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Wednesday, July 4, 2018


(Ryan Napier)

Compelling performance from Ryan Napier in Sam Pennington’s Flotsam at the National Arts Festival. (Review by Caroline Smart)

Ryan Napier gives a compelling performance in 2016 Standard Bank Ovation Award winner Sam Pennington’s Flotsam. The production deals with a man who is battling with himself and eventually, like flotsam, seems to “fall overboard” and sink into depths of confusion.

We see him partying like made, oversleeping, rushing to work on his motorbike, battling with a stressful job, and getting locked out of his home because his keys seem to have disappeared. A sudden downpour becomes a deluge in his mind and he sinks underwater to be washed up and stranded on a deserted shore.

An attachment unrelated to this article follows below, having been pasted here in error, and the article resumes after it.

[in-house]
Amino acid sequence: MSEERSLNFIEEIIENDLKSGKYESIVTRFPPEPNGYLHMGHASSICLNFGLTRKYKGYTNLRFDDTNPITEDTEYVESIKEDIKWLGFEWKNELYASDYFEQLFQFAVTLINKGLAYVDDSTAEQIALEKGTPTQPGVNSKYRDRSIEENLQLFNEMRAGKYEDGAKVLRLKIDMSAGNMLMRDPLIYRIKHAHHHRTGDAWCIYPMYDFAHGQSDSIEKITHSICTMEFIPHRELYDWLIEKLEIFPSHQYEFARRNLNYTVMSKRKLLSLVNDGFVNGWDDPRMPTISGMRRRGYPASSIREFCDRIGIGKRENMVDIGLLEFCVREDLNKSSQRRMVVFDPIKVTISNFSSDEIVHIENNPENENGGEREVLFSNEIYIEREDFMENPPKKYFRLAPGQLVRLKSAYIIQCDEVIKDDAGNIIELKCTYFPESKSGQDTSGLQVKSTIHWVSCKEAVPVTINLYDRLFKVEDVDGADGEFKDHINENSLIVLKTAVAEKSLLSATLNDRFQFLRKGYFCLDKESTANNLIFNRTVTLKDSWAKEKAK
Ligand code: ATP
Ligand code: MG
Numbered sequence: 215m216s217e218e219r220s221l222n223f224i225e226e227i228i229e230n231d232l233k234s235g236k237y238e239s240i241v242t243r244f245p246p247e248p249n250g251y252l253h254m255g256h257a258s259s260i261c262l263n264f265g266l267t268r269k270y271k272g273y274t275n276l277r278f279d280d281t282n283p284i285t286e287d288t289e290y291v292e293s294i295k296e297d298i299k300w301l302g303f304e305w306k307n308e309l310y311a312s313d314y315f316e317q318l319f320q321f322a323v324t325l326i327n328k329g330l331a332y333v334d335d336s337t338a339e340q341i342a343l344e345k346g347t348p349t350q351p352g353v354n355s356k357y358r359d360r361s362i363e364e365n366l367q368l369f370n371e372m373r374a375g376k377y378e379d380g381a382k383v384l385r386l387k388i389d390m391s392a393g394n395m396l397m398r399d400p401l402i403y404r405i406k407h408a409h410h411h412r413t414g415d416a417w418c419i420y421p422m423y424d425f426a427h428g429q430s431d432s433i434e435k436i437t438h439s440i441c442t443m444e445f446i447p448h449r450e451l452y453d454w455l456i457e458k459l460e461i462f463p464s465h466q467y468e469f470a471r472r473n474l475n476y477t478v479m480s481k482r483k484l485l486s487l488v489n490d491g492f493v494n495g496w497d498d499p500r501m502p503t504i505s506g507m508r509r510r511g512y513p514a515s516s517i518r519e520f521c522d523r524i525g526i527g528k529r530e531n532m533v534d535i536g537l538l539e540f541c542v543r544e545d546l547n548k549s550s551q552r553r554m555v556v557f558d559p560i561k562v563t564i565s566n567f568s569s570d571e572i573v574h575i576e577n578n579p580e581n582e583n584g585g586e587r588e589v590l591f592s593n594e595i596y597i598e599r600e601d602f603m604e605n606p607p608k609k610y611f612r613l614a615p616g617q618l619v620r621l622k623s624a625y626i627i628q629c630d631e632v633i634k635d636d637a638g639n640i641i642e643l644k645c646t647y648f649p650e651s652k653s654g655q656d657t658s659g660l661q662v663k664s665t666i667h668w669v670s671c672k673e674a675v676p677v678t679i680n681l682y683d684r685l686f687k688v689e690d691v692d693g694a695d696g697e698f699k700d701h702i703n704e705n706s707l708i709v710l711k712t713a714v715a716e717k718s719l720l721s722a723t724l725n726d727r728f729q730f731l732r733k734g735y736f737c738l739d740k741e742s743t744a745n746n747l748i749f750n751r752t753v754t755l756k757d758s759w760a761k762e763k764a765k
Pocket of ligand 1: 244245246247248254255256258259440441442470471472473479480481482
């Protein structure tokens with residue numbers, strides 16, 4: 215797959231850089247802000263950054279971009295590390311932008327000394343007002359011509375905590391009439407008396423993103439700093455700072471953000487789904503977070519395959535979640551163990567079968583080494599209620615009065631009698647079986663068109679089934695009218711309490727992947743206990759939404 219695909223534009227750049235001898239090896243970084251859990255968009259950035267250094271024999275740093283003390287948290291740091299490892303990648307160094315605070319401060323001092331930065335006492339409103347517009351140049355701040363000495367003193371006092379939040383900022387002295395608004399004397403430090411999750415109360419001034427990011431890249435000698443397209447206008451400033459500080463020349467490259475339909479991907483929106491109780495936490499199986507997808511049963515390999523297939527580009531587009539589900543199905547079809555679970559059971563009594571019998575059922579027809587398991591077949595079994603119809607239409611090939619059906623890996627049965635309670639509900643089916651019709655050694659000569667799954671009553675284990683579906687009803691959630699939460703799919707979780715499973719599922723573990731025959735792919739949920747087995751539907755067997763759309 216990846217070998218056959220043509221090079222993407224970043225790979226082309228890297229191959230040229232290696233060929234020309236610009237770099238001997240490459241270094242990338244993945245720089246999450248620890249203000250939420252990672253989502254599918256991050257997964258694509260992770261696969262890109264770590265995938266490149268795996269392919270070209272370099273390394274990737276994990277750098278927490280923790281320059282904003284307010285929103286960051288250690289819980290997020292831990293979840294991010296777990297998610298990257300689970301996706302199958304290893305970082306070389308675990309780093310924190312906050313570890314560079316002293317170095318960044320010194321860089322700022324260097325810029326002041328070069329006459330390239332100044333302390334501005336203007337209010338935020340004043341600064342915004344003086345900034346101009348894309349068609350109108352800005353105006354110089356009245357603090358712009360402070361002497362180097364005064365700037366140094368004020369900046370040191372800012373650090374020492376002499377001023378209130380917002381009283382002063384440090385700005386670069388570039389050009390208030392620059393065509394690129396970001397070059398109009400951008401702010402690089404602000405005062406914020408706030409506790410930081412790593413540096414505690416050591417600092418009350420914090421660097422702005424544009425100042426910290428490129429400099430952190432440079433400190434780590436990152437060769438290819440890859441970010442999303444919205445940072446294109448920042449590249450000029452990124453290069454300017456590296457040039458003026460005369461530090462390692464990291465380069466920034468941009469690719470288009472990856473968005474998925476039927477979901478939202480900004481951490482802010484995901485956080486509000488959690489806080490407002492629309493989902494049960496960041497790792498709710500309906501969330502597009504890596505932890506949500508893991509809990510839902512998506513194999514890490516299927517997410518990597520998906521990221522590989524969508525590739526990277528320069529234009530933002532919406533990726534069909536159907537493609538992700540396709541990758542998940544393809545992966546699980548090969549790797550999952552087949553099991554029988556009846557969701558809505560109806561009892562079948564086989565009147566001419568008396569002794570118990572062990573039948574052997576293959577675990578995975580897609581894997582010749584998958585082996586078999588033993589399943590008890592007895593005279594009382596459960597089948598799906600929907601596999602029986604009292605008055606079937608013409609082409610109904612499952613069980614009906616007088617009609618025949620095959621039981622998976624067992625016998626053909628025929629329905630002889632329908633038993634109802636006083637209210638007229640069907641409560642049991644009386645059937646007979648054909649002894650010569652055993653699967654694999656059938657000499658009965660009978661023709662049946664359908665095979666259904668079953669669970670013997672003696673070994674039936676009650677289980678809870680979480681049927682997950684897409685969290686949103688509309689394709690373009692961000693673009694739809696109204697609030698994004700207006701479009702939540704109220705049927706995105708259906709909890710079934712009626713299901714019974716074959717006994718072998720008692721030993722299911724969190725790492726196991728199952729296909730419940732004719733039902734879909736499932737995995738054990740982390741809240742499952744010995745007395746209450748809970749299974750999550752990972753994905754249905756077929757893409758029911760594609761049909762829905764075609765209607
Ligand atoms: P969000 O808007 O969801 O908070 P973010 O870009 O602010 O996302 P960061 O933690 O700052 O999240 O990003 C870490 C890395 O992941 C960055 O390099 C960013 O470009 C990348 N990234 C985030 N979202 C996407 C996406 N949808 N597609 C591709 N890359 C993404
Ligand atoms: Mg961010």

Before he goes awol, as it were, he comes across a beggar in the street (a puppet sensitively operated by Pennington) but doesn’t give him anything. The beggar comes back to haunt him, disturbing him even further.

What is actually reality and what is happening in the man’s mind is often difficult to tell but what’s more important is the quality of Napier’s acting.

The production is designed by Natasha Warren Stone – a very simple set with three hanging panels of paper, one becoming a clever representation of tumbling surf. Another carries shadow play from visual technicians Frank Harris and James Francis. These images give a clue to some of the issues that trouble our hero. Well-chosen background music and sound is by Richard Baker. – Caroline Smart